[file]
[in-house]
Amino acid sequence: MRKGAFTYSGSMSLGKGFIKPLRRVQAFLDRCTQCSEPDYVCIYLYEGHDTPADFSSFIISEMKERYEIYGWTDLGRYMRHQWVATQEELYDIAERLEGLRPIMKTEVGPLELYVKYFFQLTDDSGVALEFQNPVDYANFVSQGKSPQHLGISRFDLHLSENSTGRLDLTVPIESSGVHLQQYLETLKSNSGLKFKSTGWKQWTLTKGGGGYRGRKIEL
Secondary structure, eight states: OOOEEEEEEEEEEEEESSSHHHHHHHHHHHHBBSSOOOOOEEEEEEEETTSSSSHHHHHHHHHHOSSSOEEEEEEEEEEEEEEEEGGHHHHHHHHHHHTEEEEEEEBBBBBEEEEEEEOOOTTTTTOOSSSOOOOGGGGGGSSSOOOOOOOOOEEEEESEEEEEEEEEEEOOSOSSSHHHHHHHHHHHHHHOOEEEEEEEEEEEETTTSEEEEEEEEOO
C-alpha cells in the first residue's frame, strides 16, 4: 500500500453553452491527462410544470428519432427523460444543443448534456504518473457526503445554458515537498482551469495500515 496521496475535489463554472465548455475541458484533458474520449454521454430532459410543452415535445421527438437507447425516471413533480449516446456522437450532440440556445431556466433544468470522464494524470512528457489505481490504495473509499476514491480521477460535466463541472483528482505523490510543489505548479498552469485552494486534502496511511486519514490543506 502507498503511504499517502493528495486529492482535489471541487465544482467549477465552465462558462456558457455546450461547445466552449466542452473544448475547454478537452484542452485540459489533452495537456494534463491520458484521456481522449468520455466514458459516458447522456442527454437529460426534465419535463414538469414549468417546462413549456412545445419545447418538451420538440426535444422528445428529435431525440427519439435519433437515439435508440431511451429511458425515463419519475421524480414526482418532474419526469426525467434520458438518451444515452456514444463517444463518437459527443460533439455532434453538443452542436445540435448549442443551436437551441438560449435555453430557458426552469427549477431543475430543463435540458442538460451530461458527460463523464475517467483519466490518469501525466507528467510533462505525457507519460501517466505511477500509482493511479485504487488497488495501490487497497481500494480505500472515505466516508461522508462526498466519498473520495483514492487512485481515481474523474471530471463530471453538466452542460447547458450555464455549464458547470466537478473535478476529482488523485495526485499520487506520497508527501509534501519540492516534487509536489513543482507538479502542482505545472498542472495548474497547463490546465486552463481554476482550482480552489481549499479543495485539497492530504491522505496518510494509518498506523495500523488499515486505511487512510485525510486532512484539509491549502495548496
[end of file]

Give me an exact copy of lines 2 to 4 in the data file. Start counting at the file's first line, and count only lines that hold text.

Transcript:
Amino acid sequence: MRKGAFTYSGSMSLGKGFIKPLRRVQAFLDRCTQCSEPDYVCIYLYEGHDTPADFSSFIISEMKERYEIYGWTDLGRYMRHQWVATQEELYDIAERLEGLRPIMKTEVGPLELYVKYFFQLTDDSGVALEFQNPVDYANFVSQGKSPQHLGISRFDLHLSENSTGRLDLTVPIESSGVHLQQYLETLKSNSGLKFKSTGWKQWTLTKGGGGYRGRKIEL
Secondary structure, eight states: OOOEEEEEEEEEEEEESSSHHHHHHHHHHHHBBSSOOOOOEEEEEEEETTSSSSHHHHHHHHHHOSSSOEEEEEEEEEEEEEEEEGGHHHHHHHHHHHTEEEEEEEBBBBBEEEEEEEOOOTTTTTOOSSSOOOOGGGGGGSSSOOOOOOOOOEEEEESEEEEEEEEEEEOOSOSSSHHHHHHHHHHHHHHOOEEEEEEEEEEEETTTSEEEEEEEEOO
C-alpha cells in the first residue's frame, strides 16, 4: 500500500453553452491527462410544470428519432427523460444543443448534456504518473457526503445554458515537498482551469495500515 496521496475535489463554472465548455475541458484533458474520449454521454430532459410543452415535445421527438437507447425516471413533480449516446456522437450532440440556445431556466433544468470522464494524470512528457489505481490504495473509499476514491480521477460535466463541472483528482505523490510543489505548479498552469485552494486534502496511511486519514490543506 502507498503511504499517502493528495486529492482535489471541487465544482467549477465552465462558462456558457455546450461547445466552449466542452473544448475547454478537452484542452485540459489533452495537456494534463491520458484521456481522449468520455466514458459516458447522456442527454437529460426534465419535463414538469414549468417546462413549456412545445419545447418538451420538440426535444422528445428529435431525440427519439435519433437515439435508440431511451429511458425515463419519475421524480414526482418532474419526469426525467434520458438518451444515452456514444463517444463518437459527443460533439455532434453538443452542436445540435448549442443551436437551441438560449435555453430557458426552469427549477431543475430543463435540458442538460451530461458527460463523464475517467483519466490518469501525466507528467510533462505525457507519460501517466505511477500509482493511479485504487488497488495501490487497497481500494480505500472515505466516508461522508462526498466519498473520495483514492487512485481515481474523474471530471463530471453538466452542460447547458450555464455549464458547470466537478473535478476529482488523485495526485499520487506520497508527501509534501519540492516534487509536489513543482507538479502542482505545472498542472495548474497547463490546465486552463481554476482550482480552489481549499479543495485539497492530504491522505496518510494509518498506523495500523488499515486505511487512510485525510486532512484539509491549502495548496